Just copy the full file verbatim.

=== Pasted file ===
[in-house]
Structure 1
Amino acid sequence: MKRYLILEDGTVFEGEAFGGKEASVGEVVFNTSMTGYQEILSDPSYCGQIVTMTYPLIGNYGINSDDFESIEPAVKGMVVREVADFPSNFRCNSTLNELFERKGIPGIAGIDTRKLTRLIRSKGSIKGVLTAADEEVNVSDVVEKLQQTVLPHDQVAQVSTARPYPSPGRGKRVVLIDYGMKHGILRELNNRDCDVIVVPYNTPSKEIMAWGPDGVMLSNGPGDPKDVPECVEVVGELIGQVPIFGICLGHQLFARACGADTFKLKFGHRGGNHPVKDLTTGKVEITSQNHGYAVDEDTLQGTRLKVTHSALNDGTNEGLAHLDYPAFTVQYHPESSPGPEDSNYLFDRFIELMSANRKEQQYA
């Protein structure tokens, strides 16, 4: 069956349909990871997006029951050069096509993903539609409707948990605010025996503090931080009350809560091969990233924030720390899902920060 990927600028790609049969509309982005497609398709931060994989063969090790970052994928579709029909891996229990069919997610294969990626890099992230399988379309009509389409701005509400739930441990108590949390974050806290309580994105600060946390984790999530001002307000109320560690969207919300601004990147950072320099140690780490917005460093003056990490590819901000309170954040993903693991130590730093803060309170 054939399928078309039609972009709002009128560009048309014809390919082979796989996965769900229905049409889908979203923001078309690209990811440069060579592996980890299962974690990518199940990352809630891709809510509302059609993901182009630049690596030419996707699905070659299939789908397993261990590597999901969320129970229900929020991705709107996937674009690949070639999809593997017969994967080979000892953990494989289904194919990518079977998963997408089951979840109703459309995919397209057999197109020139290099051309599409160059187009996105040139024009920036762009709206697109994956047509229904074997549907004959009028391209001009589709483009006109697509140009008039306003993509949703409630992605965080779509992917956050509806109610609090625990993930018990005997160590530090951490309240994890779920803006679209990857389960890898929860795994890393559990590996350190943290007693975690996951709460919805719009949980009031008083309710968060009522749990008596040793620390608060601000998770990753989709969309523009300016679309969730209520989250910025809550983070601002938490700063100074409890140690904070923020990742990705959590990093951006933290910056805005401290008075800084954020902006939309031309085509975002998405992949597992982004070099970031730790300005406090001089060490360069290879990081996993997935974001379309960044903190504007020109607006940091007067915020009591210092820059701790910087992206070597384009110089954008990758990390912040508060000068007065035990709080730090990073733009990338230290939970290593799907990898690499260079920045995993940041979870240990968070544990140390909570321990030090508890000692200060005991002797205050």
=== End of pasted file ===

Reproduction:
[in-house]
Structure 1
Amino acid sequence: MKRYLILEDGTVFEGEAFGGKEASVGEVVFNTSMTGYQEILSDPSYCGQIVTMTYPLIGNYGINSDDFESIEPAVKGMVVREVADFPSNFRCNSTLNELFERKGIPGIAGIDTRKLTRLIRSKGSIKGVLTAADEEVNVSDVVEKLQQTVLPHDQVAQVSTARPYPSPGRGKRVVLIDYGMKHGILRELNNRDCDVIVVPYNTPSKEIMAWGPDGVMLSNGPGDPKDVPECVEVVGELIGQVPIFGICLGHQLFARACGADTFKLKFGHRGGNHPVKDLTTGKVEITSQNHGYAVDEDTLQGTRLKVTHSALNDGTNEGLAHLDYPAFTVQYHPESSPGPEDSNYLFDRFIELMSANRKEQQYA
């Protein structure tokens, strides 16, 4: 069956349909990871997006029951050069096509993903539609409707948990605010025996503090931080009350809560091969990233924030720390899902920060 990927600028790609049969509309982005497609398709931060994989063969090790970052994928579709029909891996229990069919997610294969990626890099992230399988379309009509389409701005509400739930441990108590949390974050806290309580994105600060946390984790999530001002307000109320560690969207919300601004990147950072320099140690780490917005460093003056990490590819901000309170954040993903693991130590730093803060309170 054939399928078309039609972009709002009128560009048309014809390919082979796989996965769900229905049409889908979203923001078309690209990811440069060579592996980890299962974690990518199940990352809630891709809510509302059609993901182009630049690596030419996707699905070659299939789908397993261990590597999901969320129970229900929020991705709107996937674009690949070639999809593997017969994967080979000892953990494989289904194919990518079977998963997408089951979840109703459309995919397209057999197109020139290099051309599409160059187009996105040139024009920036762009709206697109994956047509229904074997549907004959009028391209001009589709483009006109697509140009008039306003993509949703409630992605965080779509992917956050509806109610609090625990993930018990005997160590530090951490309240994890779920803006679209990857389960890898929860795994890393559990590996350190943290007693975690996951709460919805719009949980009031008083309710968060009522749990008596040793620390608060601000998770990753989709969309523009300016679309969730209520989250910025809550983070601002938490700063100074409890140690904070923020990742990705959590990093951006933290910056805005401290008075800084954020902006939309031309085509975002998405992949597992982004070099970031730790300005406090001089060490360069290879990081996993997935974001379309960044903190504007020109607006940091007067915020009591210092820059701790910087992206070597384009110089954008990758990390912040508060000068007065035990709080730090990073733009990338230290939970290593799907990898690499260079920045995993940041979870240990968070544990140390909570321990030090508890000692200060005991002797205050």